I looked at her white little face, at her colourless lips, at her black hair, which had been done up carefully and pomaded, though it had come down on one side, at her whole get-up, at the pink bows which still remained here and there on her dress — and I had no doubt at all about the revolting facts. Poor little thing! She grew worse and worse. I did not leave her, and I made up my mind not to go to Natasha’s that evening. From time to time Elena raised herlong, arrow-like eyelashes to look at me, and gazed long and intently as though she recognize me. It was late, past midnight, when at last she fell asleep. I slept on the floor not far from her.
I GOT up very early. I had waked up almost every half hour through the night, and gone up to look intently at my poor little visitor. She was in a fever and slightly delirious. But towards morning she fellinto a sound sleep. A good sign, I thought USR network, but when I waked in the morning I decided to run for the doctor’ while the poor little thing was still asleep.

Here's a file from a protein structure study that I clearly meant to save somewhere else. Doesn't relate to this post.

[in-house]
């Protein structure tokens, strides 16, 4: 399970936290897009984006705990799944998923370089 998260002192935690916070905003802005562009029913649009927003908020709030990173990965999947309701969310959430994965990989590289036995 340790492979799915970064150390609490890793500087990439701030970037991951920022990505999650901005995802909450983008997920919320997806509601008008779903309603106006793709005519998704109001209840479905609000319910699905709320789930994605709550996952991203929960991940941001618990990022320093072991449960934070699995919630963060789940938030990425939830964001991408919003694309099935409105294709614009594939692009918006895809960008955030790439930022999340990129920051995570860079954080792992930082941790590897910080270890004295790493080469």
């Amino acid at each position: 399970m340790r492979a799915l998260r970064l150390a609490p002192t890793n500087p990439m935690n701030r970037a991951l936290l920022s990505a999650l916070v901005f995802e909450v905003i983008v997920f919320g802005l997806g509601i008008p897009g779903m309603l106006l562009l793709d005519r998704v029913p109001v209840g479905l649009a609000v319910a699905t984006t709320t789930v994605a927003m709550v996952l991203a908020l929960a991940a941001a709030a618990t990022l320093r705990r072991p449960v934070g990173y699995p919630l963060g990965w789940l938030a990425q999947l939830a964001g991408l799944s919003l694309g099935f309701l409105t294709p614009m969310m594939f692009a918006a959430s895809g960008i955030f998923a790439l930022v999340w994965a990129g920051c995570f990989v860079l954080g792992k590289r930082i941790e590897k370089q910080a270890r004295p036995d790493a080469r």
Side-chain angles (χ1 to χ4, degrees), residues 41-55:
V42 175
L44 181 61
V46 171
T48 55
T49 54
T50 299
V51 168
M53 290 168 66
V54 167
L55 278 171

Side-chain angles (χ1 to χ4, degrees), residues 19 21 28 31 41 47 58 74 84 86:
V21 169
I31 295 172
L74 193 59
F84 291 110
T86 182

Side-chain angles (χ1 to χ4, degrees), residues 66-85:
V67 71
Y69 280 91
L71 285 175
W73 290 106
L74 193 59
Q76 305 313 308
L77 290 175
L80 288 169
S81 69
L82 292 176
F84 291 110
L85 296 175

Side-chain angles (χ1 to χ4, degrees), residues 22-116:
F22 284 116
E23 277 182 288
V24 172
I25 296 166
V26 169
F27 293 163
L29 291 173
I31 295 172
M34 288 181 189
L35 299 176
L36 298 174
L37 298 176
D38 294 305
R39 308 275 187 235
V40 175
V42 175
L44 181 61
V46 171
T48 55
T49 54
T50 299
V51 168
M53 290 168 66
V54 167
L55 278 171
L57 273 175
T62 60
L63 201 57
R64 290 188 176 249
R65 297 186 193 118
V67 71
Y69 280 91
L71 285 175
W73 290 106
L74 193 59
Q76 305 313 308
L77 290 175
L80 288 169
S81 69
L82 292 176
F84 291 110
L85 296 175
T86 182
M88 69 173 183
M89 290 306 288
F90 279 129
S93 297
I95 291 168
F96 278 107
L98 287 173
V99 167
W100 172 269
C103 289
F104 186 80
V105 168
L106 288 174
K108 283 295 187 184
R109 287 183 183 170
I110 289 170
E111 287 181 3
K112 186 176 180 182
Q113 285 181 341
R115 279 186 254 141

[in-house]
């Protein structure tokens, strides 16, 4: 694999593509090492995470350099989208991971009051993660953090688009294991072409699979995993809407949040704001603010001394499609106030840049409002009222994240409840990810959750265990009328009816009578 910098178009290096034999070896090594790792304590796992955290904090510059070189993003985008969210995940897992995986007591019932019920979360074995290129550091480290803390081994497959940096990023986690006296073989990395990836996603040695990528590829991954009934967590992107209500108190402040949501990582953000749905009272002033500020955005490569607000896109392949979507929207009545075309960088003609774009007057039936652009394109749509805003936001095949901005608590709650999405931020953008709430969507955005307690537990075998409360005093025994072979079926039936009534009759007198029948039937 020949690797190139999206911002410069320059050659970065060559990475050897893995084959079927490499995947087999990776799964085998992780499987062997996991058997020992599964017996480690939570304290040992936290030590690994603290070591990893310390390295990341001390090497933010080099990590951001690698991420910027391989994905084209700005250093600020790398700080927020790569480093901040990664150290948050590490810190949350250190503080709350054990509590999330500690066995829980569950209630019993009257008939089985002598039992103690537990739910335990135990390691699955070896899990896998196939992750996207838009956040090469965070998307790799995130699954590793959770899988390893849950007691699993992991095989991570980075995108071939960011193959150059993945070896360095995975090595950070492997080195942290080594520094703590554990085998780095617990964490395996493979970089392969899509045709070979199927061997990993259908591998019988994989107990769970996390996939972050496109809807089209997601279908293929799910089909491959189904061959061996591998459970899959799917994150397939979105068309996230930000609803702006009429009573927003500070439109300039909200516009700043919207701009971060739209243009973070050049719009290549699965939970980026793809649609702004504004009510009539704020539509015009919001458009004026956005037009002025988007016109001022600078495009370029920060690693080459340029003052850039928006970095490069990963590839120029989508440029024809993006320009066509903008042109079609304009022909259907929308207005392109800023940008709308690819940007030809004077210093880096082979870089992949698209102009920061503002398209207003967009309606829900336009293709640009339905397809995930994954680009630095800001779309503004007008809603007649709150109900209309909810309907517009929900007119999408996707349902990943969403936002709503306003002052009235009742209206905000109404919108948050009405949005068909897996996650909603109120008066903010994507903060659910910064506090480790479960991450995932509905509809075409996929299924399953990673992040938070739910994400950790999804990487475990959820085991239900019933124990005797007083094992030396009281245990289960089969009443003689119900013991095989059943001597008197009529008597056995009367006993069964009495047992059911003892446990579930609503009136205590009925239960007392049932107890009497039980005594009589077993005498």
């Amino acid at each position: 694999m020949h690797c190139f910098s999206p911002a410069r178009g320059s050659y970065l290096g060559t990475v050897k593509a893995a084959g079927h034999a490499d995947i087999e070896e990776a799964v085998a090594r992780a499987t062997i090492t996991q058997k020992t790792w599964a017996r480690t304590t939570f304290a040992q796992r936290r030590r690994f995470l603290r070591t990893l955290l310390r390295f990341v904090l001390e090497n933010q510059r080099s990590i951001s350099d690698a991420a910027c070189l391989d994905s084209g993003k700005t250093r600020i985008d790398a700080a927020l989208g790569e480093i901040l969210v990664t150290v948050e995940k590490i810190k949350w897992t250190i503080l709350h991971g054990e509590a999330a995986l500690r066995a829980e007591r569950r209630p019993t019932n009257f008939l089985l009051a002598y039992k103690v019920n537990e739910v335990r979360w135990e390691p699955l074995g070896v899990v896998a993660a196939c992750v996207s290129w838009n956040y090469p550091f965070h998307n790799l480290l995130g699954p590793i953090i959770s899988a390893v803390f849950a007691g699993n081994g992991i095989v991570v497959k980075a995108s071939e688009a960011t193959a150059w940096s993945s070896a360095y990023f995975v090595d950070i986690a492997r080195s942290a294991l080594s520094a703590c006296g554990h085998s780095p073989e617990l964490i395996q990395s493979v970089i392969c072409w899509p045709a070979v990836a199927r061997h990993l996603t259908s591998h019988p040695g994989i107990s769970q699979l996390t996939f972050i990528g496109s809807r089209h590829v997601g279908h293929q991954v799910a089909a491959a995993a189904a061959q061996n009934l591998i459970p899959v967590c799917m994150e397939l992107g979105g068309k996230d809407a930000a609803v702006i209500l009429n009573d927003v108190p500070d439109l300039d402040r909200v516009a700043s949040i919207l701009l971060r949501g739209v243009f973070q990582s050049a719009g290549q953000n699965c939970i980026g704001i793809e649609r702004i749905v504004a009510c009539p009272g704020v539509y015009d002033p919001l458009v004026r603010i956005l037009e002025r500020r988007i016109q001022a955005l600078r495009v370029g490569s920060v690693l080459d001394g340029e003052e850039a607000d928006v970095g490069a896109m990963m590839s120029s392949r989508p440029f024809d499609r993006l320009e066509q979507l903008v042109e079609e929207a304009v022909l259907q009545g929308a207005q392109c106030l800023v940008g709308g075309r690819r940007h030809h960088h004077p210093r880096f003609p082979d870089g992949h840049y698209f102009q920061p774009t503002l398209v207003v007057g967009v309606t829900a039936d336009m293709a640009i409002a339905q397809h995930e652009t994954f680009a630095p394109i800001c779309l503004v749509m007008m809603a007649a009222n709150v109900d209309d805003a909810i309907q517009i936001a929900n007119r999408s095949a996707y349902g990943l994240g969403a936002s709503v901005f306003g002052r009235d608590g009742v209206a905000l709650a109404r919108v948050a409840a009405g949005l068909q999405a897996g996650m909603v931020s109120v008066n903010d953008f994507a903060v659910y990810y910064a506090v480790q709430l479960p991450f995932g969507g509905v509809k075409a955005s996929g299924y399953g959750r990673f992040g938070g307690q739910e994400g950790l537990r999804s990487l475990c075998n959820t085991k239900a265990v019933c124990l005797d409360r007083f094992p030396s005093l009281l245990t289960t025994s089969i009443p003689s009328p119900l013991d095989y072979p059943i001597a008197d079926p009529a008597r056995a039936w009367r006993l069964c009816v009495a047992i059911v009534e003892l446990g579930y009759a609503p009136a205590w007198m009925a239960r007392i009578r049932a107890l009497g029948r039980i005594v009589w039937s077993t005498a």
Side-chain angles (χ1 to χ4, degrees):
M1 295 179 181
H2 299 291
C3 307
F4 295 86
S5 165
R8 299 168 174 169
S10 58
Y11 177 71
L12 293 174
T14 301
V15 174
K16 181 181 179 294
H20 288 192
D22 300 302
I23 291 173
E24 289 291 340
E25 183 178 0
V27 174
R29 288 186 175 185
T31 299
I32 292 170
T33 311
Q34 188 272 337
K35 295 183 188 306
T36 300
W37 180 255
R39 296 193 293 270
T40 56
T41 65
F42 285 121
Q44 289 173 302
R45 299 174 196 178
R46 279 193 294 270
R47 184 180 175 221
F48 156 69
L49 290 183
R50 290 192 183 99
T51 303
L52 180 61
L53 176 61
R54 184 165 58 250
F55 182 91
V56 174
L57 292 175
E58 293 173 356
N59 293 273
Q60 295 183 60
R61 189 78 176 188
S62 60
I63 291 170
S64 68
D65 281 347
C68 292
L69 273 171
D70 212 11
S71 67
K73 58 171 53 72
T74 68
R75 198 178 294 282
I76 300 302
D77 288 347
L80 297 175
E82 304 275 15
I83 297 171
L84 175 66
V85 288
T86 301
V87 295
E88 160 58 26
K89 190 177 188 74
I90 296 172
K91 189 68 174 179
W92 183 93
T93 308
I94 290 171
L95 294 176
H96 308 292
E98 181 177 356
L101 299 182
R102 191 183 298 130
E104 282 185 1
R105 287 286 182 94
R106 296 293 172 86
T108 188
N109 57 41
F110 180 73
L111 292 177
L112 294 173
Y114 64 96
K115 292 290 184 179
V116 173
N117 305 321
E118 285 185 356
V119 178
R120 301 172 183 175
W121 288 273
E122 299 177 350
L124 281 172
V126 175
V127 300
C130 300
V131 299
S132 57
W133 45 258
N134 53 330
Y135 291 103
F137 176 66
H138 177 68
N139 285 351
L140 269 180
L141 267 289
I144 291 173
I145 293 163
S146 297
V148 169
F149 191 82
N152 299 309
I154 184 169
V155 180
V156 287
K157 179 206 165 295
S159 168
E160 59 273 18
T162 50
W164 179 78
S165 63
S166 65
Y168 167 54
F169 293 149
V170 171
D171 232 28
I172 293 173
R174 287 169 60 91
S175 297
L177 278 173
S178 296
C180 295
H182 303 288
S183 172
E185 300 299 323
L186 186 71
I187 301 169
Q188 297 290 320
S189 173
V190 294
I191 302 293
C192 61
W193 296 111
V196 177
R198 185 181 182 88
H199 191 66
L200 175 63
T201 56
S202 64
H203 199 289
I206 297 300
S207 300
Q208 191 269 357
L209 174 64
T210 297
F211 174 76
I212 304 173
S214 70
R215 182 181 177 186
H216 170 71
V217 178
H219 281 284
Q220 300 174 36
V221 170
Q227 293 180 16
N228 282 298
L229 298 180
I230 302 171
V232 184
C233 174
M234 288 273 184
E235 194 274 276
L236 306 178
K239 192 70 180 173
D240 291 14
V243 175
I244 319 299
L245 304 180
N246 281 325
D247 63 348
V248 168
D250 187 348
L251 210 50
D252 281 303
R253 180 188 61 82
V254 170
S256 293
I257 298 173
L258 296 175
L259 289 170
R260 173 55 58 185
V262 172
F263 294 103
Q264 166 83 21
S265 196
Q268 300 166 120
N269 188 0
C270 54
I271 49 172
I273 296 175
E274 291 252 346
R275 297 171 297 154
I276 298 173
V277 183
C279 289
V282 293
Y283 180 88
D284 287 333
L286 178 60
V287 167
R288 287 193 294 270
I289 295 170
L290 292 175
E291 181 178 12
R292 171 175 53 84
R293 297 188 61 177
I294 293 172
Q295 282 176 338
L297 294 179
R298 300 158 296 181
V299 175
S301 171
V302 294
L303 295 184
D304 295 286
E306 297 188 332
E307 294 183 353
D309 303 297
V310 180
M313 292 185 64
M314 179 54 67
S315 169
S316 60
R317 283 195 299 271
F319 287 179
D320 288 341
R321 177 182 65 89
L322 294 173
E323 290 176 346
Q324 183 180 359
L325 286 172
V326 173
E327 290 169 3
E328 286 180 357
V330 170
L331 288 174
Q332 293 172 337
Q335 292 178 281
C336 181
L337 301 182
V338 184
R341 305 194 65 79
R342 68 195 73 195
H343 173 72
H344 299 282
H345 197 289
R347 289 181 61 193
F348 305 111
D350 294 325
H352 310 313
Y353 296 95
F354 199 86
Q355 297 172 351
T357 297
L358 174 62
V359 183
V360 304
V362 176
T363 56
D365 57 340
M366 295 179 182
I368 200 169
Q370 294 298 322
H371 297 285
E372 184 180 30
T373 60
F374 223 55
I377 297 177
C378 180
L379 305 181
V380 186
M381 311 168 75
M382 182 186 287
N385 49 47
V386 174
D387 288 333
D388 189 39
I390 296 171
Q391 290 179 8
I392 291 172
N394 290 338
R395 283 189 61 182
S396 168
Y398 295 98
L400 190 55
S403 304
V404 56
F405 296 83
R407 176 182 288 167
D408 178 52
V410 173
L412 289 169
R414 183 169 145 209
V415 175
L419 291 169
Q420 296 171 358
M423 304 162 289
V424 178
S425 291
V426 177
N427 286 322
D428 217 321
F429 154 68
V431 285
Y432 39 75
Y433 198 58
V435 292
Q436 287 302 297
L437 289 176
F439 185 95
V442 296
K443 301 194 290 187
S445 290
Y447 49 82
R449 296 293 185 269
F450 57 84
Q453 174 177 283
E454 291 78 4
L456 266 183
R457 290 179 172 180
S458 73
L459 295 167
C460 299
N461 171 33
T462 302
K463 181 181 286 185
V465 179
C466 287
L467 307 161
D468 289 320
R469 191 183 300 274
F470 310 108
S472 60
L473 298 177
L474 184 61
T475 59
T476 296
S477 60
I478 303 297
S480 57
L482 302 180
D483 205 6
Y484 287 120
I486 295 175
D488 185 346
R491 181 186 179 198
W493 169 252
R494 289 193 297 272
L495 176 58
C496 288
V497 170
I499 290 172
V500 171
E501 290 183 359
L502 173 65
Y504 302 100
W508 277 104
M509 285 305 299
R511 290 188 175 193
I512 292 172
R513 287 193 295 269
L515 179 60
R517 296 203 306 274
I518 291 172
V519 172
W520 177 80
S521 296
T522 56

I knew a doctor, a very good-natured old bachelor,who with his German house-keeper had lived in Vladimirsky Street from time immemorial. I set off to him. He promised to be with me at ten o’clock. It was eight when I reached him. I felt much inclined to call in at Masloboev’s on the way, but I thought better of it virtual office. He was sure not to be awake yet after yesterday; besides, Elena might wake up and be frightened at finding herself alone in my room. In herfeverish state she might well forget how and when she had come there.